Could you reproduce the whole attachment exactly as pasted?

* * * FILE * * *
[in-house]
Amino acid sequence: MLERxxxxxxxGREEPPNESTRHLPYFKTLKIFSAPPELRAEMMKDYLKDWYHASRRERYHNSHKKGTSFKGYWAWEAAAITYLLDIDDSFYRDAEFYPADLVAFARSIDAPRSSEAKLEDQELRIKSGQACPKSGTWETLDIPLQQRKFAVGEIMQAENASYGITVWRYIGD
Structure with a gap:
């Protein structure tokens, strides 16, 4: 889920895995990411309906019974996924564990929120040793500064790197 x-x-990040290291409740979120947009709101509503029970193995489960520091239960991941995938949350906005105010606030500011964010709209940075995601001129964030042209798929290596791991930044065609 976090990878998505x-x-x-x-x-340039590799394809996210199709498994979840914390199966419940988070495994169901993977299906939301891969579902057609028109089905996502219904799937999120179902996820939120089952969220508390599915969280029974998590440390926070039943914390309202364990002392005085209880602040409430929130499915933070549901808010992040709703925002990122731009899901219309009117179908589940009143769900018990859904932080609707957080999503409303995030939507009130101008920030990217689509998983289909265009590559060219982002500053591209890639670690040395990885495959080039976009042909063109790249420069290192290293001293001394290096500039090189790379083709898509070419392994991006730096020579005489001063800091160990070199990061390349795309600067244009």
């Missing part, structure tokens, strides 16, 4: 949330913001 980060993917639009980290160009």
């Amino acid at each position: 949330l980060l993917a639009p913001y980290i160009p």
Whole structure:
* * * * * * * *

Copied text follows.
[in-house]
Amino acid sequence: MLERxxxxxxxGREEPPNESTRHLPYFKTLKIFSAPPELRAEMMKDYLKDWYHASRRERYHNSHKKGTSFKGYWAWEAAAITYLLDIDDSFYRDAEFYPADLVAFARSIDAPRSSEAKLEDQELRIKSGQACPKSGTWETLDIPLQQRKFAVGEIMQAENASYGITVWRYIGD
Structure with a gap:
């Protein structure tokens, strides 16, 4: 889920895995990411309906019974996924564990929120040793500064790197 x-x-990040290291409740979120947009709101509503029970193995489960520091239960991941995938949350906005105010606030500011964010709209940075995601001129964030042209798929290596791991930044065609 976090990878998505x-x-x-x-x-340039590799394809996210199709498994979840914390199966419940988070495994169901993977299906939301891969579902057609028109089905996502219904799937999120179902996820939120089952969220508390599915969280029974998590440390926070039943914390309202364990002392005085209880602040409430929130499915933070549901808010992040709703925002990122731009899901219309009117179908589940009143769900018990859904932080609707957080999503409303995030939507009130101008920030990217689509998983289909265009590559060219982002500053591209890639670690040395990885495959080039976009042909063109790249420069290192290293001293001394290096500039090189790379083709898509070419392994991006730096020579005489001063800091160990070199990061390349795309600067244009």
């Missing part, structure tokens, strides 16, 4: 949330913001 980060993917639009980290160009």
């Amino acid at each position: 949330l980060l993917a639009p913001y980290i160009p």
Whole structure: